Lemon Pie, Toll House Pie (one with peanut butter chips, one with just chocolate), Apple Pie with Crumb Topping, Classic Double-crust Apple Pie, Pear and Cranberry Pie, Chocolate Pie with a Graham Crust and Meringue Piping, Chocolate Chunk Bourbon Pecan Pie, Apricot Cream Cheese Tart, Peach Pie (made with homegrown peaches), and two savory tarts: Onion and Prosciutto, and Corn and Tomato.

I’ll make doubles of most of these. And, no doubt, as I always do, I’ll worry that I don’t have enough (!) and make something at the last minute. As you can imagine, this week, blogging will take a backseat to the cooking.

What’s on your menu?

Phoebe On Her Own

Moving animals around the farm and changing groupings and housing is always complicated, especially so when you have several species, each with their own management needs, and then each animal is an individual with his or her own personality. It was time to combine the two flocks. I did this to ease my workload in the winter. I also anticipate more deaths (it happens with hens) and I didn’t want one flock of fewer than three birds. Melding the Gems and the Ladies has gone especially well! I haven’t seen any pecking order aggression.

But, I had an additional reasons to move the Ladies. I was also thinking about Phoebe, the rabbit that lived with them. Phoebe is my second bunny to abide in the smaller coop. The first was Candy, an imperious, imperturbable lop ear.



Candy liked to put herself right in amongst the hens. Candy was at the top of the pecking order. I called her the Empress.

with hen


Phoebe is not so domineering. She’d rather keep the hens at a distance. She doesn’t join the scrimmage for the morning treats.



I had a feeling that she’d be happy to have the Little Barn to herself. After I moved the hens, I cleaned it out, and gave her a litter box in a spot where she was used to peeing in the chickens’ bedding. (Something Candy never did.) Phoebe immediately used it.

phoebe in coop


Now that I know she’ll keep the barn tidy, she has cozy pine shavings to romp in.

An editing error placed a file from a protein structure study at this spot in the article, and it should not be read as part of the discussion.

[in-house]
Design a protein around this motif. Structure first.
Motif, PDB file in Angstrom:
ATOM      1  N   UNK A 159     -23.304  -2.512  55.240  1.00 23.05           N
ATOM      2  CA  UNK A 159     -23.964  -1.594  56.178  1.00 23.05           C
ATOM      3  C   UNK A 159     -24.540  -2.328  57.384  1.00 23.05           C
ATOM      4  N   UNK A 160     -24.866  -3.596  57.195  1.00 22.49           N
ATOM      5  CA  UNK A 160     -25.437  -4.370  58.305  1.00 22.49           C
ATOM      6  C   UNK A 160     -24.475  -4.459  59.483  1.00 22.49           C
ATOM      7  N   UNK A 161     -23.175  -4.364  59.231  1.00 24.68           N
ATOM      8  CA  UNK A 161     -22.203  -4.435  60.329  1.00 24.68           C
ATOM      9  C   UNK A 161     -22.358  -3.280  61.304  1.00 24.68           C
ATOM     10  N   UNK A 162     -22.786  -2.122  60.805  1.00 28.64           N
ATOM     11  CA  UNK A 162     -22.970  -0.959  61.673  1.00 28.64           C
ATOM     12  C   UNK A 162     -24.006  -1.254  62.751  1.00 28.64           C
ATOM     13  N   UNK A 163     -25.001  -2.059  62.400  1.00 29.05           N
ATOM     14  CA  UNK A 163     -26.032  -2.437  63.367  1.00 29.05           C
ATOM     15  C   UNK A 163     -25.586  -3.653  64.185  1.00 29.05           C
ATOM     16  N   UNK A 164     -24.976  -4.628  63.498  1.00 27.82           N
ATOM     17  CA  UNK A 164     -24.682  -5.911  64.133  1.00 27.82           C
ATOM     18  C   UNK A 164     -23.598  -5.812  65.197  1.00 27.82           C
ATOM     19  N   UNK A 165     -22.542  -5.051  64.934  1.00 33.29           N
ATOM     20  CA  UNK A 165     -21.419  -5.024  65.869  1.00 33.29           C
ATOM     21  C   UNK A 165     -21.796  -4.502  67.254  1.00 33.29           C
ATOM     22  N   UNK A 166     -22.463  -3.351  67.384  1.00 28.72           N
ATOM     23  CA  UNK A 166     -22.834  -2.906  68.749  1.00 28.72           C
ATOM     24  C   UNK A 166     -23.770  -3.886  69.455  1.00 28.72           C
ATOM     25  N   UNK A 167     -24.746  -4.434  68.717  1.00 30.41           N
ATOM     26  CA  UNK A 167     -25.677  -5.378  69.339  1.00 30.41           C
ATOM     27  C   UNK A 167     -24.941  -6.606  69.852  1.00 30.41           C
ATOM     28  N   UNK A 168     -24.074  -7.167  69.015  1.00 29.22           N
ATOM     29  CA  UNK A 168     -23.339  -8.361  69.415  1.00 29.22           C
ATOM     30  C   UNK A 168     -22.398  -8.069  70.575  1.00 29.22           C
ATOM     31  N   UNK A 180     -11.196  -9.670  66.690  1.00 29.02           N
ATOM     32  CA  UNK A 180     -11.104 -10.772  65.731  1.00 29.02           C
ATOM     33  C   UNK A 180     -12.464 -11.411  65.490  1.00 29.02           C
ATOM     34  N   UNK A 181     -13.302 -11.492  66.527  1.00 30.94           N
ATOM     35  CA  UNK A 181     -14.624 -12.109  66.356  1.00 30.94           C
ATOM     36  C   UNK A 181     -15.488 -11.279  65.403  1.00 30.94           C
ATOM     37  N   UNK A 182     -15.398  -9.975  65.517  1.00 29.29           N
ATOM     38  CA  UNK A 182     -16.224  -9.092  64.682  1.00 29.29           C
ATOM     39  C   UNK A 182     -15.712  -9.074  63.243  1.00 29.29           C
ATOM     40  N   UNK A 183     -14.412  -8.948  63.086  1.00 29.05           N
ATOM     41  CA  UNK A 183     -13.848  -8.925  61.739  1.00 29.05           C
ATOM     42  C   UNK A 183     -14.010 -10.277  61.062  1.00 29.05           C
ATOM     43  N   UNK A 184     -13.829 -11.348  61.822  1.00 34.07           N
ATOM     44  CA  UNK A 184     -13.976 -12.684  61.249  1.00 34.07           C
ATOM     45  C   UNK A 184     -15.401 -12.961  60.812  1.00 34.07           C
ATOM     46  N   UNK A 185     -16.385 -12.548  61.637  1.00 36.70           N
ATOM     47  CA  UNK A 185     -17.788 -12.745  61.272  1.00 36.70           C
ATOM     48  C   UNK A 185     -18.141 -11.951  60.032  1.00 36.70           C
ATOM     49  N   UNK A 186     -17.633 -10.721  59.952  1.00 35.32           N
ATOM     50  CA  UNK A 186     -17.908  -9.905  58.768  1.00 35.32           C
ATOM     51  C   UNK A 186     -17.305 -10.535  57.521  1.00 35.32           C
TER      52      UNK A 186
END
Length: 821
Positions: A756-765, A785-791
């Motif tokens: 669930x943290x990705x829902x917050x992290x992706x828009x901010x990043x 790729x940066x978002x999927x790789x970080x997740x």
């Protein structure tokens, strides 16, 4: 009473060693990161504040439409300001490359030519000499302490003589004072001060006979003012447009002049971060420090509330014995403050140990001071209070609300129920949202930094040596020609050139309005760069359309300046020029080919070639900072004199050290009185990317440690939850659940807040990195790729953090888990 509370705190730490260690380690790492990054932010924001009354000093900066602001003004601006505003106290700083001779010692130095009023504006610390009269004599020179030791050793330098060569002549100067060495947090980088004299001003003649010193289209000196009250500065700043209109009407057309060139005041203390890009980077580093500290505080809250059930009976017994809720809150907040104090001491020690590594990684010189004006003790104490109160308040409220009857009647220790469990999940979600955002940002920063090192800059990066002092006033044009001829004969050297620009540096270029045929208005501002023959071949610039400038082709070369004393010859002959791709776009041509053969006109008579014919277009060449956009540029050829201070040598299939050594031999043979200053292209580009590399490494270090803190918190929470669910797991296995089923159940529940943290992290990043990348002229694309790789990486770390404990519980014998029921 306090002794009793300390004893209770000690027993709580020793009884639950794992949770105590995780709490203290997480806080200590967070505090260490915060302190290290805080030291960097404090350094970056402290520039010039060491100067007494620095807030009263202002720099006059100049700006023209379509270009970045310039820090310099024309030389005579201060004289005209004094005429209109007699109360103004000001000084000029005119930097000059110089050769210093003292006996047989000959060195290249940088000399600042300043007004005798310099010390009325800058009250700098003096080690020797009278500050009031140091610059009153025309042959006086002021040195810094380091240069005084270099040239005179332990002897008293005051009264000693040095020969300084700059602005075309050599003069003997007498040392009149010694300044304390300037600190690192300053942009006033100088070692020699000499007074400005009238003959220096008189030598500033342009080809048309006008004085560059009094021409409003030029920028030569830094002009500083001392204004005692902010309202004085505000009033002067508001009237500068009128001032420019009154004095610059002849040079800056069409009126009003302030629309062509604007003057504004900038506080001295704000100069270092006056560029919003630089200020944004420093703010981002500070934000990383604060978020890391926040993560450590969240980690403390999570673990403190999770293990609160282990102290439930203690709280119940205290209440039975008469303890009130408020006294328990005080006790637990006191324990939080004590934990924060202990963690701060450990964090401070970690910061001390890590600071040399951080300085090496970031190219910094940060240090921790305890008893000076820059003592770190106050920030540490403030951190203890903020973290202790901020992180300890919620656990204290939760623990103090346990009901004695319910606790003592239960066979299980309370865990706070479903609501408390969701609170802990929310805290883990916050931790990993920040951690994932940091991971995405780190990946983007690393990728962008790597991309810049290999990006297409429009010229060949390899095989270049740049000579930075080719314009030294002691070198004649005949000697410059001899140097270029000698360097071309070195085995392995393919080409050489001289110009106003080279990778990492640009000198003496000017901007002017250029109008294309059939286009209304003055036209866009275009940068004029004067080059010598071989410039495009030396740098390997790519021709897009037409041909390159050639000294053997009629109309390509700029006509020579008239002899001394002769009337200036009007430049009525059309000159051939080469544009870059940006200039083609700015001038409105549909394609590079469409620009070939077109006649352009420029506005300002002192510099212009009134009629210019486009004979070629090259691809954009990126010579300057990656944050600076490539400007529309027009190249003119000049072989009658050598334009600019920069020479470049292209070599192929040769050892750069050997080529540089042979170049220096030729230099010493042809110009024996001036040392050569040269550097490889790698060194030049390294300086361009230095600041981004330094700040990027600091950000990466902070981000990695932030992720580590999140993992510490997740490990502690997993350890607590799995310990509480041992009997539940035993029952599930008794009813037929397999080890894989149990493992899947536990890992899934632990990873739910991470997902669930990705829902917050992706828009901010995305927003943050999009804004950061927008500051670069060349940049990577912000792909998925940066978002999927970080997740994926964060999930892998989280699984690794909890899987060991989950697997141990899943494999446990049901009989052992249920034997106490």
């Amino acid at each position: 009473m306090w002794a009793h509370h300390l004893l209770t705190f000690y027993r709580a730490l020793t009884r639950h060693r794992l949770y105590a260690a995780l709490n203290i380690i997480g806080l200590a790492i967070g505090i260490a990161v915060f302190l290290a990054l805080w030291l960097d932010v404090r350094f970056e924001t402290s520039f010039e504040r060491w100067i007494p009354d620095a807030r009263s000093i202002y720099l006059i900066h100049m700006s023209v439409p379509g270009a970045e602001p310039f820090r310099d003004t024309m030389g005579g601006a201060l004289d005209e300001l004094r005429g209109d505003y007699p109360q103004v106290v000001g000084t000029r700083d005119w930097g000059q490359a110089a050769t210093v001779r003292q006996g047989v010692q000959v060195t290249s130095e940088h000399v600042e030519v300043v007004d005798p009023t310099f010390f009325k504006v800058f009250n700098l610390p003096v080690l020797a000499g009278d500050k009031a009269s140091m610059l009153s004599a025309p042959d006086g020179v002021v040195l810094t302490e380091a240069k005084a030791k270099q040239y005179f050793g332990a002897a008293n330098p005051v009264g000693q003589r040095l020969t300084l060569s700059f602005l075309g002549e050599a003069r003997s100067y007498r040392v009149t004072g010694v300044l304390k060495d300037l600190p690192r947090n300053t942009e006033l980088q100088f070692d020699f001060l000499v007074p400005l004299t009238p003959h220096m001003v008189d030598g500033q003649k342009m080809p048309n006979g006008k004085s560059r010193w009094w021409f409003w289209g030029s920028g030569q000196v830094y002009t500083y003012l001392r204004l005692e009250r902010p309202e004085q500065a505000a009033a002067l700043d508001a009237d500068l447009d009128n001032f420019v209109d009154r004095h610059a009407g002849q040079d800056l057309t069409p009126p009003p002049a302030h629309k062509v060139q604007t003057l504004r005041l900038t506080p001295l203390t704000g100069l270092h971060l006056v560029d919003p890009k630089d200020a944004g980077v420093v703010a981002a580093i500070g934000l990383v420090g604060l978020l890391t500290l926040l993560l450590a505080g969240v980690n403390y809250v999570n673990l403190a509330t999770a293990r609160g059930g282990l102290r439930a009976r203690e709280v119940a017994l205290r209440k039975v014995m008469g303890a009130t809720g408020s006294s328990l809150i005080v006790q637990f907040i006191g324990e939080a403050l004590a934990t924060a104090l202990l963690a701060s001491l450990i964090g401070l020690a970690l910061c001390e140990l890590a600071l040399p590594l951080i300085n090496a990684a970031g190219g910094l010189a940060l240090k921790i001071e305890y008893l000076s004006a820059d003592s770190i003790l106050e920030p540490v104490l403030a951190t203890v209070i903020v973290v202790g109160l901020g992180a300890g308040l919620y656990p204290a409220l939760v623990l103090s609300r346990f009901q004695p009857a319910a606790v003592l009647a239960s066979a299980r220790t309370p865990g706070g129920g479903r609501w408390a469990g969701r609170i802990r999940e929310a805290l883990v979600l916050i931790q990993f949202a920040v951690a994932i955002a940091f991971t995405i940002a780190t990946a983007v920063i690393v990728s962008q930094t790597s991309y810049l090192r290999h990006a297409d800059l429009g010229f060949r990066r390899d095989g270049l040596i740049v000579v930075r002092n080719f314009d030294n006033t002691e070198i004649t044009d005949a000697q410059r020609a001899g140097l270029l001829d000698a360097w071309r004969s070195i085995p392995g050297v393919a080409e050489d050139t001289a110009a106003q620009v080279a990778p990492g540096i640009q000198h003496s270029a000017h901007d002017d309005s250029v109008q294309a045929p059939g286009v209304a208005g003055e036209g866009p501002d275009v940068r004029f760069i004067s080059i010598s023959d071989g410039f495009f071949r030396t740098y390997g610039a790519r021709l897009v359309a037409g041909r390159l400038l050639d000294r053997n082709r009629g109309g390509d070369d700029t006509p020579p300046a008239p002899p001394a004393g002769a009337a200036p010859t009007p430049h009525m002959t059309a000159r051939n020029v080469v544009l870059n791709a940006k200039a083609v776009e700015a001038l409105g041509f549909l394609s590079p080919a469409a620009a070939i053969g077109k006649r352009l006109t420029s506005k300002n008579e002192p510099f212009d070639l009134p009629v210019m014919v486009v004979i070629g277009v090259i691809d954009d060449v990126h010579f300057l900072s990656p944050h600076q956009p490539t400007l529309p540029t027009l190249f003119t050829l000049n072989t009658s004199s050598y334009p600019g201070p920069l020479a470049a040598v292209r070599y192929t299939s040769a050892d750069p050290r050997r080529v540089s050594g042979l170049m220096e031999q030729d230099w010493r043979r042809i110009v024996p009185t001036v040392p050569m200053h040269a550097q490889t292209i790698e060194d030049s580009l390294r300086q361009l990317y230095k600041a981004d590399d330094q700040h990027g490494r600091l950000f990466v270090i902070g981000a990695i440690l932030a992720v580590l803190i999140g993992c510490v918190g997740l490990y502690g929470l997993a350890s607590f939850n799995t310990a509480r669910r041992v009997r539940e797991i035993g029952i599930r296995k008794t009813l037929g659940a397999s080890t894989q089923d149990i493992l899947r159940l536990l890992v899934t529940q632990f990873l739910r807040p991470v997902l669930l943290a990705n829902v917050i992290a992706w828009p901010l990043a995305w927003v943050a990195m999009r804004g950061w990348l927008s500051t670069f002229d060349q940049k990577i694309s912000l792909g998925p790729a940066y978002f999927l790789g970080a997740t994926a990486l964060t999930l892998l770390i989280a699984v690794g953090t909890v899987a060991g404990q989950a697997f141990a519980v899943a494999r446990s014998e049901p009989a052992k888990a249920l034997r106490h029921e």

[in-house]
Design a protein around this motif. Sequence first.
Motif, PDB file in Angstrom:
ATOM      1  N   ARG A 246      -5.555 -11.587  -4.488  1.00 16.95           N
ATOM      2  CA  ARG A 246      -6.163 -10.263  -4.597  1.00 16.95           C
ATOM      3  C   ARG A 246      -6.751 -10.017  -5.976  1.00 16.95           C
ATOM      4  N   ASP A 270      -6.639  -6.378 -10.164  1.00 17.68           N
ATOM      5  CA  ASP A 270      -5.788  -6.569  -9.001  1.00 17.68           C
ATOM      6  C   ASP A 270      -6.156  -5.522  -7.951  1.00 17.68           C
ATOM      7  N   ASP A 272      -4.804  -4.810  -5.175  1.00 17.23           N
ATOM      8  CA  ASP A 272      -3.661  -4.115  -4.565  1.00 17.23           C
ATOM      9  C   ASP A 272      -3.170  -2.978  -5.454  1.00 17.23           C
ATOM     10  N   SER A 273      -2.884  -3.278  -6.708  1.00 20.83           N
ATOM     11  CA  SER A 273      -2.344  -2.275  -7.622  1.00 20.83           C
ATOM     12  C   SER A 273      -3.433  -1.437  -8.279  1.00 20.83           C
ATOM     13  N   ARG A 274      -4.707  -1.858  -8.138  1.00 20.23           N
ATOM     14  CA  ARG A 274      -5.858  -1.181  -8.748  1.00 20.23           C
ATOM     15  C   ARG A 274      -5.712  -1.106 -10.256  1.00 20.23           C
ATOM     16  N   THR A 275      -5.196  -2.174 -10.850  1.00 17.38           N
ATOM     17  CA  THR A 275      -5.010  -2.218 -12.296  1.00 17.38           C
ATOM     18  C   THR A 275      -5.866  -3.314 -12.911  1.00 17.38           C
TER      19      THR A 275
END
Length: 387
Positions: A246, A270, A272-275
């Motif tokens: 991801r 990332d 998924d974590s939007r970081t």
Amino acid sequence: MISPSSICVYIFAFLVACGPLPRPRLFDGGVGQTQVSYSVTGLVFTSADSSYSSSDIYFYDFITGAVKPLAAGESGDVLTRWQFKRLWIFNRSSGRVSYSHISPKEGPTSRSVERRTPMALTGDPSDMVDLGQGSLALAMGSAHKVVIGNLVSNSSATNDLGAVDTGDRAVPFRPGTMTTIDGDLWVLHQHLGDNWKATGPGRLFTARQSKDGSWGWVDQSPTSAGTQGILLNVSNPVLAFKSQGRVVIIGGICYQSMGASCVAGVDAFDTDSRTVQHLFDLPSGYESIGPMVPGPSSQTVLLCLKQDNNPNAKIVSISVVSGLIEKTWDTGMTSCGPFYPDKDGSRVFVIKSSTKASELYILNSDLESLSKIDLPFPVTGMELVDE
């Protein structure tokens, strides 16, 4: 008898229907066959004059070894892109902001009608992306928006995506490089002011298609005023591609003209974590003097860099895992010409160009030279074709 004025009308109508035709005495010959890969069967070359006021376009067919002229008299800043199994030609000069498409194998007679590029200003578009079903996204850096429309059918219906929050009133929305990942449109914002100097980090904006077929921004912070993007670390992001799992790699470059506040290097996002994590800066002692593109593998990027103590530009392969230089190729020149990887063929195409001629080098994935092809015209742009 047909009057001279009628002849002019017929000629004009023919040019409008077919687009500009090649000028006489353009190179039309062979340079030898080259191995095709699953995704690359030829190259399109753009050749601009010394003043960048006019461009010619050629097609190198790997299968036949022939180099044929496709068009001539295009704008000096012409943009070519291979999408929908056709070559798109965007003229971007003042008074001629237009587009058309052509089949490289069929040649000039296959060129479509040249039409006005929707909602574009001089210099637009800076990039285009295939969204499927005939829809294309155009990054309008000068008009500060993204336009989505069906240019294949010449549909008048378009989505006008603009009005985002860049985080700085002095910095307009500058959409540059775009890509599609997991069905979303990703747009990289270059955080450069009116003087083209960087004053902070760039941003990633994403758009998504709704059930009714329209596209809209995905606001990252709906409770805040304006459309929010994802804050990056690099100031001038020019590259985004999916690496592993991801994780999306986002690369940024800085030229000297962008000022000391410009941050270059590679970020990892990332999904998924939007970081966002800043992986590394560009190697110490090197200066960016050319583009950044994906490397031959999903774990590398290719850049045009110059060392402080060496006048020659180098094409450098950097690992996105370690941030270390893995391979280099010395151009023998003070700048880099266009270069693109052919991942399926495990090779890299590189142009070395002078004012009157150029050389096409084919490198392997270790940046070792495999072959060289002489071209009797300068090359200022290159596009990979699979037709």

I’m not going to get another rabbit to keep her company. She’s already three years old and has never had a bunny friend. (I got her from a rescue, and she was a lone rabbit in her previous home.) But, she’s not lacking for friends. There are the goats, and us humans.


Phoebe shows no signs of missing those bothersome chickens. Now she’s waiting for snow!


The Ladies Move In

I’ve been laying the groundwork for the Ladies to join the flock of Gems. They’ve free-ranged together. I encouraged mingling by tossing corn on the lawn.

Next, I put the Ladies inside of the coop so that they could get to know their new digs.



Meanwhile, the Gems were out on the lawn.



The next day, I cleaned out the Big Barn. I shoveled out all of the old bedding and then used a blower to get the dust out of every nook and cranny. (This is my new favorite cleaning tool! Despite frequent swipes with a broom, and a once-a-year thorough vacuuming, surfaces were thick with dust. If you do this, use a face mask and protective glasses!)



I put down a thick layer of fresh Koop Clean. The hens love this bedding, and I knew that they’d be so overjoyed at the prospect of scratching in it, that they wouldn’t bother their new roommates.

I carried the Ladies over to the Big Barn and tucked them inside, and then I invited the Gems in to meet them on their home turf.

open door


At first the Koop Clean was so distracting, that no one cared about the interlopers.



The Ladies went outside before anyone noticed them. For awhile they stuck together.

ladies together


But then the pumpkin that I’d put out provided a distraction (as I knew it would.)



Soon, everyone was milling around. No drama.



At nightfall, the Gems went to their normal places on the roost, and then the Ladies climbed up and settled down.


So far, so good. I expect a few skirmished as the chickens realize that there’s a new pecking order to be sorted out, but I don’t think that it will be too bad.

Phoebe, by the way, is enjoying having the Little Barn to herself. More on that in another post!